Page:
One of Scotland’s top museums has finally escaped the bunker over its bid to create a rooftop café.
Just over a year ago, Fife Council’s North East Fife Area Committee rejected a proposed extension as members said it would impinge upon a view of the world-famous West Sands beach it was designed to overlook and impact on the landscape setting of the neighbouring Royal and Ancient Golf Club listed building.
However, a fresh application has now been unanimously approved by Fife Council’s North East Fife planning committee after councillors were told the orientation of the proposals had been changed.
The proposal is to erect a café at first floor level with 80 seats and an outdoor terrace.
The first floor extension, which will raise the height of the museum by 3.9 metres, would comprise the main café area which would sit on a north-south axis running parallel with Golf Place.
The main body of the proposed café is a rectangular room with triangular spaces at each end.
Recommending conditional approval, Fife Council service manager Alastair Hamilton said that whilst clearly visible, the proposed extension would have a “limited impact” on the West Sands or neighbouring historic buildings.
He said: “In this instance, due to the high quality and well considered design of the proposed scheme, it is considered that the proposed extension and alterations would enhance the appearance of the existing building and visual amenity of the surrounding Bow Butts area whilst preserving the character and appearance of the St Andrews Conservation Area, the historic St Andrews skyline and the setting of the neighbouring listed building.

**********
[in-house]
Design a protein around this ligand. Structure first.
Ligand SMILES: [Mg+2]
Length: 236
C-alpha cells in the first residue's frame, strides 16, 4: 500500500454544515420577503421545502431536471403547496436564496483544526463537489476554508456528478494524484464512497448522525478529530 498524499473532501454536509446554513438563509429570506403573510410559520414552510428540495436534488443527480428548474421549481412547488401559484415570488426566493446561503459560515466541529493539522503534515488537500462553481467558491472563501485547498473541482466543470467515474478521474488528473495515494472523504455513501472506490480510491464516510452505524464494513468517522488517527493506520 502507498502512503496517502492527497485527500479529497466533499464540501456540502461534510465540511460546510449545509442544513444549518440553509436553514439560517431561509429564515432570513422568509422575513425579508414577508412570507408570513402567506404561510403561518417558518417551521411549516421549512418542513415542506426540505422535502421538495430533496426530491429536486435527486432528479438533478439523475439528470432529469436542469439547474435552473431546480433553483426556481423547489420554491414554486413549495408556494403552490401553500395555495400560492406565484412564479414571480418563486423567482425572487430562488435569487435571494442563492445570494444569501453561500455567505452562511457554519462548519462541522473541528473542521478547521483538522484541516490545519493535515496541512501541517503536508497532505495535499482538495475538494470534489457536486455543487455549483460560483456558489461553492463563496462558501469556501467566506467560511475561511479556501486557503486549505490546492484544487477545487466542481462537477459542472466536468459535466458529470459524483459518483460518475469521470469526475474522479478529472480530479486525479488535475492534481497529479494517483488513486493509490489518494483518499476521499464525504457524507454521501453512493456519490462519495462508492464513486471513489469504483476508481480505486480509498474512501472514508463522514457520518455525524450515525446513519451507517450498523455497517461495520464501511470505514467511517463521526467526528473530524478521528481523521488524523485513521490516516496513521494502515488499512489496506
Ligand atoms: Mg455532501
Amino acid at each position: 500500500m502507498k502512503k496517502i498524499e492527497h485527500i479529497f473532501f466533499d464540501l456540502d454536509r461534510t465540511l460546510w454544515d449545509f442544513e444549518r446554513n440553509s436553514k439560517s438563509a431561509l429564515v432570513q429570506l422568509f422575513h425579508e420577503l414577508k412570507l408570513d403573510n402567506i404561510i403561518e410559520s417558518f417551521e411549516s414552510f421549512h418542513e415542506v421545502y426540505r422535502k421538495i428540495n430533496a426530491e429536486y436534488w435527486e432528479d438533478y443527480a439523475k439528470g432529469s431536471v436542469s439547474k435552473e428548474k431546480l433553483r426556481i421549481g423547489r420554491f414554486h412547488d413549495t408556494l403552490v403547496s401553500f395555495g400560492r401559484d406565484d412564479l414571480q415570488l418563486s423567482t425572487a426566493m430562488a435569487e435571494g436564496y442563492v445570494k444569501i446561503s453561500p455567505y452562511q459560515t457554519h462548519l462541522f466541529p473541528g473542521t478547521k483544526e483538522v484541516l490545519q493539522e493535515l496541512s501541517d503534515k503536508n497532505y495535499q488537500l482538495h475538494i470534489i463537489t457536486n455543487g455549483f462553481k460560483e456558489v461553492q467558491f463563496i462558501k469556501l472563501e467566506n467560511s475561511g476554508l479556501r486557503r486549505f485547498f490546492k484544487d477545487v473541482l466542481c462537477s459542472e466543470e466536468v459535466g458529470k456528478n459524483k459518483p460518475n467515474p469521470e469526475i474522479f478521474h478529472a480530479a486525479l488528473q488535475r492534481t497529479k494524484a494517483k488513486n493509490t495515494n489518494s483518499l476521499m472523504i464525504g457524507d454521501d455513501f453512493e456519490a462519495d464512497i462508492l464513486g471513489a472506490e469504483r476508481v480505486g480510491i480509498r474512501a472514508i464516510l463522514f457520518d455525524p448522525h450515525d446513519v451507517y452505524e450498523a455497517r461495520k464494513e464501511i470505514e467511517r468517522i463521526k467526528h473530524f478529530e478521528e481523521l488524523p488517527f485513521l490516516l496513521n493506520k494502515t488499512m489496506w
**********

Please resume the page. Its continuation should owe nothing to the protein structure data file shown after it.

“Furthermore it is considered that the café extension would enhance the range of facilities at this important tourist attraction, ensuring the long term viability of the museum and benefiting the wider tourist industry and local economy in this area.
“The proposal would not result in any adverse impacts with regards to residential amenity or road safety issues. It is considered that the proposal complies with the terms of the development plan and related national guidance.”
East Neuk councillor John Docherty “applauded” the designers for taking on board the concerns of councillors with the previous application.
St Andrews councillor Dorothea Morrison, who led the opposition with the original proposal, welcomed the redesign. However, with 11 tables proposed for outside, she did have concerns that gulls could swoop down and grab food from tables.
Committee chairman and fellow St Andrews councillor Frances Melville agreed that gulls were a serious problem and there had been a concerted campaign by residents to deal with the issue.
Mr Hamilton said gulls were not covered by planning policy mechanisms but it might be something that could be looked at by environmental health.
Councillor Tim Brett was told that people would be able to access the cafe without visiting the museum.